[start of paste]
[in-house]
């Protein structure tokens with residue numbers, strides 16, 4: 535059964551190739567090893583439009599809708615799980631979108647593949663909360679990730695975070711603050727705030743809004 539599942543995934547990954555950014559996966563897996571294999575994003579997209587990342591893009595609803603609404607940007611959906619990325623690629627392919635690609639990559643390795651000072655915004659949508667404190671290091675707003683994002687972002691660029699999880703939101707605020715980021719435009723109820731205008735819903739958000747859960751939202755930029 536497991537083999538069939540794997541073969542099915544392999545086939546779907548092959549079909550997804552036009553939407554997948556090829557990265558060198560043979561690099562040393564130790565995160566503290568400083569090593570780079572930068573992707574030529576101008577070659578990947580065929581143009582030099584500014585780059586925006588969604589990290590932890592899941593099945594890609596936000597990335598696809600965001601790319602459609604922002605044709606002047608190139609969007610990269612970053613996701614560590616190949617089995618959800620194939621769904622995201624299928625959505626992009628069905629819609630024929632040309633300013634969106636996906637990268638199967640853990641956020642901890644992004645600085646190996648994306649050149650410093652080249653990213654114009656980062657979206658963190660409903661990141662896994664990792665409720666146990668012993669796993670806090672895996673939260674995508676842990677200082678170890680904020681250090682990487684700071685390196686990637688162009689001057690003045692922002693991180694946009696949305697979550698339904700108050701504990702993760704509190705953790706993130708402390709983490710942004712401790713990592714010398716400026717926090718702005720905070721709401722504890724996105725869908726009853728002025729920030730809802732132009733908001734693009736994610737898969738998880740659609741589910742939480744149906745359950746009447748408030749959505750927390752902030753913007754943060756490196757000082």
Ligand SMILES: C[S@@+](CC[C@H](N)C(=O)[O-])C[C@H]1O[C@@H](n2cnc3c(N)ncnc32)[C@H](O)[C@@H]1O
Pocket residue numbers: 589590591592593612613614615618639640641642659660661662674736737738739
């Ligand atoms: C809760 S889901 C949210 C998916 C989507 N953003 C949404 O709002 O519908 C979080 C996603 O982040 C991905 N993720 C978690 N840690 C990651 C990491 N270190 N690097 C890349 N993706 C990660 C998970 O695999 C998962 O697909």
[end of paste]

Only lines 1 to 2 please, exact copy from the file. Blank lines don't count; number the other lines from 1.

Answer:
[in-house]
């Protein structure tokens with residue numbers, strides 16, 4: 535059964551190739567090893583439009599809708615799980631979108647593949663909360679990730695975070711603050727705030743809004 539599942543995934547990954555950014559996966563897996571294999575994003579997209587990342591893009595609803603609404607940007611959906619990325623690629627392919635690609639990559643390795651000072655915004659949508667404190671290091675707003683994002687972002691660029699999880703939101707605020715980021719435009723109820731205008735819903739958000747859960751939202755930029 536497991537083999538069939540794997541073969542099915544392999545086939546779907548092959549079909550997804552036009553939407554997948556090829557990265558060198560043979561690099562040393564130790565995160566503290568400083569090593570780079572930068573992707574030529576101008577070659578990947580065929581143009582030099584500014585780059586925006588969604589990290590932890592899941593099945594890609596936000597990335598696809600965001601790319602459609604922002605044709606002047608190139609969007610990269612970053613996701614560590616190949617089995618959800620194939621769904622995201624299928625959505626992009628069905629819609630024929632040309633300013634969106636996906637990268638199967640853990641956020642901890644992004645600085646190996648994306649050149650410093652080249653990213654114009656980062657979206658963190660409903661990141662896994664990792665409720666146990668012993669796993670806090672895996673939260674995508676842990677200082678170890680904020681250090682990487684700071685390196686990637688162009689001057690003045692922002693991180694946009696949305697979550698339904700108050701504990702993760704509190705953790706993130708402390709983490710942004712401790713990592714010398716400026717926090718702005720905070721709401722504890724996105725869908726009853728002025729920030730809802732132009733908001734693009736994610737898969738998880740659609741589910742939480744149906745359950746009447748408030749959505750927390752902030753913007754943060756490196757000082």